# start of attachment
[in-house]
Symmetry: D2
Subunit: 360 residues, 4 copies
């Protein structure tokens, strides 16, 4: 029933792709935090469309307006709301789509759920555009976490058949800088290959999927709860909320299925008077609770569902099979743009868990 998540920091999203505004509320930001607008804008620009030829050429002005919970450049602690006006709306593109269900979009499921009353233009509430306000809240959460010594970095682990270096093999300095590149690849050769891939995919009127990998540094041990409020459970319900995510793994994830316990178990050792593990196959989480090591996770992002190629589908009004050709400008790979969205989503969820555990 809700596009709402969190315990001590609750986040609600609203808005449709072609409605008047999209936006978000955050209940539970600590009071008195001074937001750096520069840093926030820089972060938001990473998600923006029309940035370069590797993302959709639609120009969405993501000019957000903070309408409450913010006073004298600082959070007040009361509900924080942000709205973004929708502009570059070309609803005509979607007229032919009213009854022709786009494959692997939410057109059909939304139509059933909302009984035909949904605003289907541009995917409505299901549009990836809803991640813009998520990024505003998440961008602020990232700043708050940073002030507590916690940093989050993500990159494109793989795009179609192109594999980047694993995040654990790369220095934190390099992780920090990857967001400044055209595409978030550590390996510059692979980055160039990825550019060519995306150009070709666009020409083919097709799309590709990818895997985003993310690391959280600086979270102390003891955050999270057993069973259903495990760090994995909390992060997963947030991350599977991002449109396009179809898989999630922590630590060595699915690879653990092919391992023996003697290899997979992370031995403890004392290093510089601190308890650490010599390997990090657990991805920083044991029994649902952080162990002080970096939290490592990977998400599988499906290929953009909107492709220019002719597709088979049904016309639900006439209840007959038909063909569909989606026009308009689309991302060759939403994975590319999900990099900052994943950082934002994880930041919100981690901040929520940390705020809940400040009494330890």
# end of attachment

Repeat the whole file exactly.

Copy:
[in-house]
Symmetry: D2
Subunit: 360 residues, 4 copies
């Protein structure tokens, strides 16, 4: 029933792709935090469309307006709301789509759920555009976490058949800088290959999927709860909320299925008077609770569902099979743009868990 998540920091999203505004509320930001607008804008620009030829050429002005919970450049602690006006709306593109269900979009499921009353233009509430306000809240959460010594970095682990270096093999300095590149690849050769891939995919009127990998540094041990409020459970319900995510793994994830316990178990050792593990196959989480090591996770992002190629589908009004050709400008790979969205989503969820555990 809700596009709402969190315990001590609750986040609600609203808005449709072609409605008047999209936006978000955050209940539970600590009071008195001074937001750096520069840093926030820089972060938001990473998600923006029309940035370069590797993302959709639609120009969405993501000019957000903070309408409450913010006073004298600082959070007040009361509900924080942000709205973004929708502009570059070309609803005509979607007229032919009213009854022709786009494959692997939410057109059909939304139509059933909302009984035909949904605003289907541009995917409505299901549009990836809803991640813009998520990024505003998440961008602020990232700043708050940073002030507590916690940093989050993500990159494109793989795009179609192109594999980047694993995040654990790369220095934190390099992780920090990857967001400044055209595409978030550590390996510059692979980055160039990825550019060519995306150009070709666009020409083919097709799309590709990818895997985003993310690391959280600086979270102390003891955050999270057993069973259903495990760090994995909390992060997963947030991350599977991002449109396009179809898989999630922590630590060595699915690879653990092919391992023996003697290899997979992370031995403890004392290093510089601190308890650490010599390997990090657990991805920083044991029994649902952080162990002080970096939290490592990977998400599988499906290929953009909107492709220019002719597709088979049904016309639900006439209840007959038909063909569909989606026009308009689309991302060759939403994975590319999900990099900052994943950082934002994880930041919100981690901040929520940390705020809940400040009494330890």